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Daily Brief: OAS Rebukes Venezuela Over Threats to Democracy

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June 1, 2016

Daily News Brief

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TOP OF THE AGENDA

OAS Rebukes Venezuela Over Threats to Democracy

The head of the Organization for American States said the body would take steps that could lead to Venezuela's suspension from the group (NYT). Secretary-General Luis Almagro accused Venezuelan President Nicolas Maduro of "grave alterations of democratic order" and called for a vote to suspend the country (AP). Maduro has declared a state of emergency amid calls for a referendum to remove him from power. Meanwhile, security forces have quelled protests, and government-backed courts have moved to stymy the opposition-backed legislature. Venezuela's severe economic downturn has led to wide-scale power outages and shortages of food and medicine. 

ANALYSIS

"The slow rollback of South America’s 'pink tide' is laying bare the endemic corruption that was hidden beneath the economic success once enjoyed by the region’s progressive governments. Voted out in democratic elections in Argentina, expelled by what almost conclusively looks like a palace coup in Brazil or tottering on the brink of social meltdown in Venezuela, a league of like-minded progressive presidents has been broken apart in the space of six months," Uki Goni writes for the Guardian.

"Venezuela’s government, with its low popularity and one of the world’s worst economic collapses, is facing a growing chorus accusing it of doubling down on authoritarianism. President Nicolas Maduro this month called a state of emergency that expanded his powers against opponents. Venezuela's Legislature, controlled by rivals of the country’s governing leftists for the first time in more than a decade, has been stymied by government-backed courts. And protests to recall the president in a referendum have been quashed with tear gas and security forces," Nicholas Casey writes for the New York Times.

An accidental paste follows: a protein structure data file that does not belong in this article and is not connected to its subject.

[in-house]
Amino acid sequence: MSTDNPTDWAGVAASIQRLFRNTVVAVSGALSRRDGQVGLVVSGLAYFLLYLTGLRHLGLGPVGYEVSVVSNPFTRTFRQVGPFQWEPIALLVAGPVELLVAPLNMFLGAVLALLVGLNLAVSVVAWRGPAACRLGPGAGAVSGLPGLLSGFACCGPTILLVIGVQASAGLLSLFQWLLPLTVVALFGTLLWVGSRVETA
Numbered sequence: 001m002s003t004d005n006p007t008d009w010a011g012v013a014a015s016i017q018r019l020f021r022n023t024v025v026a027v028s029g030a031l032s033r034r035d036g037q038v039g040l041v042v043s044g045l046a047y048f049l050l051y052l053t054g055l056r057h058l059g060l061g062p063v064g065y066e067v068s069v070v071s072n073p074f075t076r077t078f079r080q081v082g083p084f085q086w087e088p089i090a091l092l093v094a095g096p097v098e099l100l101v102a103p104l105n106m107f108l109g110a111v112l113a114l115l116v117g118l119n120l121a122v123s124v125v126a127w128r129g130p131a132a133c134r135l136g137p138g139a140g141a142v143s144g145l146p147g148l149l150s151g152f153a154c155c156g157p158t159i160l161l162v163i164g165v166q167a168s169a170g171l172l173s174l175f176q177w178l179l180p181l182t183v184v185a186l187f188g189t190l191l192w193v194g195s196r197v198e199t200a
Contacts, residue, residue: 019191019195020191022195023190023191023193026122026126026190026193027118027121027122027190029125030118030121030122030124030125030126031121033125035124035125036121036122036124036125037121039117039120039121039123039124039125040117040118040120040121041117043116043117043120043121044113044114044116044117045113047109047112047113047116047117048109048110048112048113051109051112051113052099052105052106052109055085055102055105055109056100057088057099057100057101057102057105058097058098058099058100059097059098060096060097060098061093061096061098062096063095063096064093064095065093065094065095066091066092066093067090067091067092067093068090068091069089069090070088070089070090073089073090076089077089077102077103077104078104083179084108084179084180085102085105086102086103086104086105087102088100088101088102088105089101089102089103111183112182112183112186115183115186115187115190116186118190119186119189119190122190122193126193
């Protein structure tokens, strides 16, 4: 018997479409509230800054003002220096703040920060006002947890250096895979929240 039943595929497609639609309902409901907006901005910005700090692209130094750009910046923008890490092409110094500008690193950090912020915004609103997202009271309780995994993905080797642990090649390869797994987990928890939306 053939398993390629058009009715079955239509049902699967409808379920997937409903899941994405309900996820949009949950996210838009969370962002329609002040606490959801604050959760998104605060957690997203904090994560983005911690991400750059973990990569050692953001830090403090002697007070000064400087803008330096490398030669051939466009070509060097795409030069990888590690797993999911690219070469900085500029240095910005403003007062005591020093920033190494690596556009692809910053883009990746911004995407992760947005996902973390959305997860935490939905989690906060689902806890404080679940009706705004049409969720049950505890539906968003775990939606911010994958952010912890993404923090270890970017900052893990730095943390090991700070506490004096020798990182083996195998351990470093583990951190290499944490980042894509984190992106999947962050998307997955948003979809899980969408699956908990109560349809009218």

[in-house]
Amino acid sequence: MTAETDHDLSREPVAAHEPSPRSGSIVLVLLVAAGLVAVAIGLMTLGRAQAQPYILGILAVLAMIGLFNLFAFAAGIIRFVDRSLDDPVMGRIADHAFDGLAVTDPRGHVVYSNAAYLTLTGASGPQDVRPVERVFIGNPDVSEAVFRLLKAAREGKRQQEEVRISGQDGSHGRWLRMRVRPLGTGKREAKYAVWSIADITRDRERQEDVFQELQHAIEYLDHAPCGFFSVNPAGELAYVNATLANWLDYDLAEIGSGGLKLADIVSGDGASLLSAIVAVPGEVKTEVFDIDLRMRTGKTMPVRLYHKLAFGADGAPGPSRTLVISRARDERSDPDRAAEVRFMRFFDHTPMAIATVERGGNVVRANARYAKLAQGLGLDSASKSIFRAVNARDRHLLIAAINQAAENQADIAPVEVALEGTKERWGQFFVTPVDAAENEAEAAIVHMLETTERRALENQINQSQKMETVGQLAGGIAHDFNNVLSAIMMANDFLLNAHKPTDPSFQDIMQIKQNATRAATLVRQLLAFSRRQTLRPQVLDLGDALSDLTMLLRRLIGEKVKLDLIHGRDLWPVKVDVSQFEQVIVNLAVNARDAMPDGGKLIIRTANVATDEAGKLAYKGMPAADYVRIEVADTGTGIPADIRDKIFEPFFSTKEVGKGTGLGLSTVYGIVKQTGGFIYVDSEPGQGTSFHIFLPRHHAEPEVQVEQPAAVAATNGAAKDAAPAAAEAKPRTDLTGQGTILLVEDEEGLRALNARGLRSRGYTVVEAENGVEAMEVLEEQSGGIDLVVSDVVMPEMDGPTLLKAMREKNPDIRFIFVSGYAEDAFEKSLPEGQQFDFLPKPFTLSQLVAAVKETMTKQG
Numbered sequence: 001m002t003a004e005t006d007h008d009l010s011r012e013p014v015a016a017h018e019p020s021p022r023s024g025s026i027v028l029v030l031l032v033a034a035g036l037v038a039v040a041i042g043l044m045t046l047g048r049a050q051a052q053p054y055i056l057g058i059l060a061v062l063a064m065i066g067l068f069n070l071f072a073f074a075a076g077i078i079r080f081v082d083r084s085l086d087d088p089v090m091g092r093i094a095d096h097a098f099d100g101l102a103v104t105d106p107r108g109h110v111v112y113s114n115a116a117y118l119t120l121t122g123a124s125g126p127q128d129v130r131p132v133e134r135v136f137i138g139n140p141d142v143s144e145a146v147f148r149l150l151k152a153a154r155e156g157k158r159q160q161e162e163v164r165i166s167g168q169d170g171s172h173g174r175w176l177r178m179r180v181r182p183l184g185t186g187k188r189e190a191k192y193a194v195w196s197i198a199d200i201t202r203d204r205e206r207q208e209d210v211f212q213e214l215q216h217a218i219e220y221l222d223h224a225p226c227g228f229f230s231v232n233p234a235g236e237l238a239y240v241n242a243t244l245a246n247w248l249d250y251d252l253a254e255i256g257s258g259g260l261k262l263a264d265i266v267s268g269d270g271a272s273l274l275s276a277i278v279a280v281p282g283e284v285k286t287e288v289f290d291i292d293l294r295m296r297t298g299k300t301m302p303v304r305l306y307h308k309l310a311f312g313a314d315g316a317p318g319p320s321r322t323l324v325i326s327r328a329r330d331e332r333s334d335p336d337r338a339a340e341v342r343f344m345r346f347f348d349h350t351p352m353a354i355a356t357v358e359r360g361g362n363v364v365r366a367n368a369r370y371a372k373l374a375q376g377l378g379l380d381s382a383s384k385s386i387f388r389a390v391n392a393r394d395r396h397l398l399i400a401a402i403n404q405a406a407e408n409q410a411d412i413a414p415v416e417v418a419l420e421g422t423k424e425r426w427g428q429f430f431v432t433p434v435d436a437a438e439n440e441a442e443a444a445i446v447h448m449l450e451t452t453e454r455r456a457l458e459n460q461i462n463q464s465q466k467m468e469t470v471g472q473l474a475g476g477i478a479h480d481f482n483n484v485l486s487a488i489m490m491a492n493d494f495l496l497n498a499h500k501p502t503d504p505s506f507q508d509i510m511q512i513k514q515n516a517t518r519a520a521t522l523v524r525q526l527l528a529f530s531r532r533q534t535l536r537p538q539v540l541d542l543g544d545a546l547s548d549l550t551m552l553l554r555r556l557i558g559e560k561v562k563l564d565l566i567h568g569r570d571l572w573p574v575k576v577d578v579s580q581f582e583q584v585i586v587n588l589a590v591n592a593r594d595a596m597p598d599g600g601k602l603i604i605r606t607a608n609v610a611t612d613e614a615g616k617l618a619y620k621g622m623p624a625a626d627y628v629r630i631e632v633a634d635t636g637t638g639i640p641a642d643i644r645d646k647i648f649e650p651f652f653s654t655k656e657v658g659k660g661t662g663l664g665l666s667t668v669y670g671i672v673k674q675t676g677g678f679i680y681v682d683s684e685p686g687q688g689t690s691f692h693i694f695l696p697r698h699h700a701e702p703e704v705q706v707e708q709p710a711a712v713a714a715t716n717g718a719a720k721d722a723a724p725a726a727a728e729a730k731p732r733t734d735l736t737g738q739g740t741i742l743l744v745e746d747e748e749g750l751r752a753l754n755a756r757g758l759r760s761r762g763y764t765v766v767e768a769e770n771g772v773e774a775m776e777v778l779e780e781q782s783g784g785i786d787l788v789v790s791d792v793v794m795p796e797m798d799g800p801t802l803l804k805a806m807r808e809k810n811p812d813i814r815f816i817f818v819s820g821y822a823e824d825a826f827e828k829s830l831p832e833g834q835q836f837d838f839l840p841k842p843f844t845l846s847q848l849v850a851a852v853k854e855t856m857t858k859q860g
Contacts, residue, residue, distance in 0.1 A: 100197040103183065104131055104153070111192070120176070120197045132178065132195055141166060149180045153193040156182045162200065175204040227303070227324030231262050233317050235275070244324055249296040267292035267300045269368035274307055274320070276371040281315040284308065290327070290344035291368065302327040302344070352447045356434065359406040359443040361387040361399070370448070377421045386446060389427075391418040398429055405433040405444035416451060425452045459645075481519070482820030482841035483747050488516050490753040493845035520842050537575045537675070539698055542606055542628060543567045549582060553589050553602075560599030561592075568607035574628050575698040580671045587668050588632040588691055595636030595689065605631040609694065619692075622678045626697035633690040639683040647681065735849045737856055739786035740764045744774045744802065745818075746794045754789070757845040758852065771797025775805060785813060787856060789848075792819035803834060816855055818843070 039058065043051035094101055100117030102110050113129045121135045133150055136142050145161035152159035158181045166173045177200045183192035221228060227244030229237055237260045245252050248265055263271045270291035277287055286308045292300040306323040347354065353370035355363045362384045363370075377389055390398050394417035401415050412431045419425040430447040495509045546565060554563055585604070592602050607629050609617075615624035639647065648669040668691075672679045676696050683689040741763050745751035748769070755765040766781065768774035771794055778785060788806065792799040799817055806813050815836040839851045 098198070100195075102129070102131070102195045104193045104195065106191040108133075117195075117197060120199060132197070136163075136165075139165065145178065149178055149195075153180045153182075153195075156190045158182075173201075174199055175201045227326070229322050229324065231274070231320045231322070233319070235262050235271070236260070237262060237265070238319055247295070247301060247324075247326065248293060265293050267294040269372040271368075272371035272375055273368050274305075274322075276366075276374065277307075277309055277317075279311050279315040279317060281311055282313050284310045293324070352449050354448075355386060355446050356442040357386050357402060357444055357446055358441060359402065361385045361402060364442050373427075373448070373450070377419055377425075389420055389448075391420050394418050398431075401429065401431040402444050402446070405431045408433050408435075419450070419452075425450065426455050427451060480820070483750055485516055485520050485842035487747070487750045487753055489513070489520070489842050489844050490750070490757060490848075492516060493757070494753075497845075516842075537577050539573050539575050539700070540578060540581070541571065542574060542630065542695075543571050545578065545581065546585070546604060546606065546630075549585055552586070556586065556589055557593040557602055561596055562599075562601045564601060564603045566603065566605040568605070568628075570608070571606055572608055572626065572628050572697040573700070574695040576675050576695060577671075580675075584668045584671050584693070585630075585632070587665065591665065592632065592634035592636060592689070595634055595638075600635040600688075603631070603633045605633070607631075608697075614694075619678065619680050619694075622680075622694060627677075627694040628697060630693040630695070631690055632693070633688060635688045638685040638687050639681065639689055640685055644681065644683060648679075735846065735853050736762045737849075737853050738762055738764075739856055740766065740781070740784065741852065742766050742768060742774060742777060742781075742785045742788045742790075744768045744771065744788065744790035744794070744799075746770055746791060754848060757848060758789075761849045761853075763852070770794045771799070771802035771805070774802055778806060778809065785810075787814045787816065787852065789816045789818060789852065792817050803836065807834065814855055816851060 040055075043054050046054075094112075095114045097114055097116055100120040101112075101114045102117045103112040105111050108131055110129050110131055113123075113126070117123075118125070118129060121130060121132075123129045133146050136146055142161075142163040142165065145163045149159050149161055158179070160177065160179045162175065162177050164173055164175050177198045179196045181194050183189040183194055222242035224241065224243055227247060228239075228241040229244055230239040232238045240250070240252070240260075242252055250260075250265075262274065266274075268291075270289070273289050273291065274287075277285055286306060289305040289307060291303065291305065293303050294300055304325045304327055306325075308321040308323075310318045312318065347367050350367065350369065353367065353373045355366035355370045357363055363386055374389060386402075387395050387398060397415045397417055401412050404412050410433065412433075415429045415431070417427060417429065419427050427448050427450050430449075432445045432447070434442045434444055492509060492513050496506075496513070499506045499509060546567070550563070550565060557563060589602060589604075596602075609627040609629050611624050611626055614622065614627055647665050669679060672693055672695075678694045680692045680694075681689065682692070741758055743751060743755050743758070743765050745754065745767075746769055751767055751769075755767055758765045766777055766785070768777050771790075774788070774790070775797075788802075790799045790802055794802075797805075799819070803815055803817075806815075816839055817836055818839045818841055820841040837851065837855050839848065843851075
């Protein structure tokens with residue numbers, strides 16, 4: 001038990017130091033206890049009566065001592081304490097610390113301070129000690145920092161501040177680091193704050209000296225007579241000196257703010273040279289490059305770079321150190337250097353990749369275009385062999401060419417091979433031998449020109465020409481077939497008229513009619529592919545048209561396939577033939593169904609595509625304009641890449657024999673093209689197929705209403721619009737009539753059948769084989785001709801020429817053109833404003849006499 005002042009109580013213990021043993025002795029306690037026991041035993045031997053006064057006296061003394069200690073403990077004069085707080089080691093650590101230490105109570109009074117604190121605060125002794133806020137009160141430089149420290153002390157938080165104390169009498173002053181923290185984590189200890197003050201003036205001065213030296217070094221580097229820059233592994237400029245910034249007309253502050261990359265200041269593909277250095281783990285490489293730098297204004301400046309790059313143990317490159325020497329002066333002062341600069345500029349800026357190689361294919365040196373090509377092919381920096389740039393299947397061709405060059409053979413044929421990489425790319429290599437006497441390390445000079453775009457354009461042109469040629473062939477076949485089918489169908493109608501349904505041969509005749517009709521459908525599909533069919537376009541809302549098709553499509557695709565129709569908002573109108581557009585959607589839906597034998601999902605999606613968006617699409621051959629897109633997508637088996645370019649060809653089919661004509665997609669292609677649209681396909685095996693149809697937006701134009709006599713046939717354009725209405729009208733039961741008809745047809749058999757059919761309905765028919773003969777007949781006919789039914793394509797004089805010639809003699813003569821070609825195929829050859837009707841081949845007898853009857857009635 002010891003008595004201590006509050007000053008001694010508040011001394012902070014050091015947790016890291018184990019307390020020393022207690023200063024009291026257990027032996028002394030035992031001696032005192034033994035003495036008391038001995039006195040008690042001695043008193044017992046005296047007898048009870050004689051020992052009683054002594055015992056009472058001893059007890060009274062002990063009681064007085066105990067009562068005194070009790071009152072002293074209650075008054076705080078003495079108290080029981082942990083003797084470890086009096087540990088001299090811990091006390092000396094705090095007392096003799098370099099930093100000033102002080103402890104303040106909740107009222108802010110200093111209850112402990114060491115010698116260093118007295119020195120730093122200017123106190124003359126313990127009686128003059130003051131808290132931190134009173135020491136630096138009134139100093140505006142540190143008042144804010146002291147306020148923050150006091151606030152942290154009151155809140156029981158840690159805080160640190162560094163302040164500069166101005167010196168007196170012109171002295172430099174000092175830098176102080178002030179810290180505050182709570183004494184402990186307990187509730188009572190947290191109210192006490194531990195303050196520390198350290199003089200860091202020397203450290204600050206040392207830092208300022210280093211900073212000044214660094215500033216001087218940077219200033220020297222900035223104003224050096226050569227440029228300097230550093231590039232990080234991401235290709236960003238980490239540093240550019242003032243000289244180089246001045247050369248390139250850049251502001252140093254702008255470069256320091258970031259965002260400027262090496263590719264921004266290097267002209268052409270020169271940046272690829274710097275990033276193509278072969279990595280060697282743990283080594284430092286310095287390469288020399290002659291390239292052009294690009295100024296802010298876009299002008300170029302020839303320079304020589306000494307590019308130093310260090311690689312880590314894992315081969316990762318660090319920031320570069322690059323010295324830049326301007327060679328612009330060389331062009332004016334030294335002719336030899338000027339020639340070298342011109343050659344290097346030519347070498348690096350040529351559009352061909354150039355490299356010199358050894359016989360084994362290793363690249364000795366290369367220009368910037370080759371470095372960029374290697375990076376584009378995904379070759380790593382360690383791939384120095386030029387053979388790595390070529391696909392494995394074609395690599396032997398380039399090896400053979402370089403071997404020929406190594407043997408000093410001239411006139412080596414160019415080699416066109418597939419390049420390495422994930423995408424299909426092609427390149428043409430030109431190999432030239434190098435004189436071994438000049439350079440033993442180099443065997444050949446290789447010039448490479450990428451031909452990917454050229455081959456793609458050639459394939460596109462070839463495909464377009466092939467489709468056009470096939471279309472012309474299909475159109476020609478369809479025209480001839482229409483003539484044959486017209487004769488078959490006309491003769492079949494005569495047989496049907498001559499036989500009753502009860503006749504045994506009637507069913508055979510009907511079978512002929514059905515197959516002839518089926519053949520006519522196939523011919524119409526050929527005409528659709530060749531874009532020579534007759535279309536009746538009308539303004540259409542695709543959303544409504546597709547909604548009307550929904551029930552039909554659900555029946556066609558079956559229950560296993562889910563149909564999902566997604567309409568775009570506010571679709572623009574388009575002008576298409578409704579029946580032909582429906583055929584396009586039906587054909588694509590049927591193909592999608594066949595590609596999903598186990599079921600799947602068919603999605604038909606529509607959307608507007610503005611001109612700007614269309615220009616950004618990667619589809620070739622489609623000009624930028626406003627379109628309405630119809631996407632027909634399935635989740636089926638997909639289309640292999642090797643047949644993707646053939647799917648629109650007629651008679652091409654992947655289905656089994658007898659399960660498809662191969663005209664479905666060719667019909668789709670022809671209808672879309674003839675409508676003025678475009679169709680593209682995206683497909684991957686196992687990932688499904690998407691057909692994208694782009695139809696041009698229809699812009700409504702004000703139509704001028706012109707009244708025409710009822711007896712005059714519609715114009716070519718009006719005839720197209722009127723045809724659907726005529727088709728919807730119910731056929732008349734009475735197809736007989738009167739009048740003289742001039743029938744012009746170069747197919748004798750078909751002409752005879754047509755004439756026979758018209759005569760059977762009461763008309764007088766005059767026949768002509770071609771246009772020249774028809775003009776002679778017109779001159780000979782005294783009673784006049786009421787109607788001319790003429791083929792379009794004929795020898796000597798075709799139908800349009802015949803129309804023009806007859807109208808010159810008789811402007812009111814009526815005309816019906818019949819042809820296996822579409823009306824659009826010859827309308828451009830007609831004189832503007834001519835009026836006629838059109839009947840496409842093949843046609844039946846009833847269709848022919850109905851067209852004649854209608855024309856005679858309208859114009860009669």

"Beneath all the chaos that now characterizes daily life in Venezuela, one question rings forth: Why did the country with the largest fossil-fuel resources in Latin America, and among the largest on Earth, decide to generate its power with water, a notoriously unreliable substance? Contrary to what we might assume, in today’s sustainability-minded world, the choice did not arise from a noble commitment to renewable energy. The main reason that Venezuela has invested in hydro above all else is to preserve as much of its oil as possible for export. Yet power generation, and especially generation that relies on renewables, requires diversification; Venezuela has failed to design its electrical infrastructure in a way that accounts for the natural unpredictability of energy sources like hydro, solar, and wind," Gretchen Bakke writes for the New Yorker

PACIFIC RIM

China Announces Plan to Clean Contaminated Soil

China released a plan to restore 90 percent of its contaminated agricultural land within four years (FT). Up to 20 percent of China's arable land is believed to be contaminated due to metal smelting, fertilizer production, and mining.

This CFR Backgrounder looks at China's environmental challenges.

THAILAND: Seventy Uighur migrants jailed in Thailand will reportedly begin a hunger strike to protest detention conditions and threats of repatriation to China, where they wrote they would face "physical and emotional torture" (RFA). A letter claiming to represent the group said Thai detention conditions "inflicted profound suffering" on the detainees and that they hoped to travel to Turkey.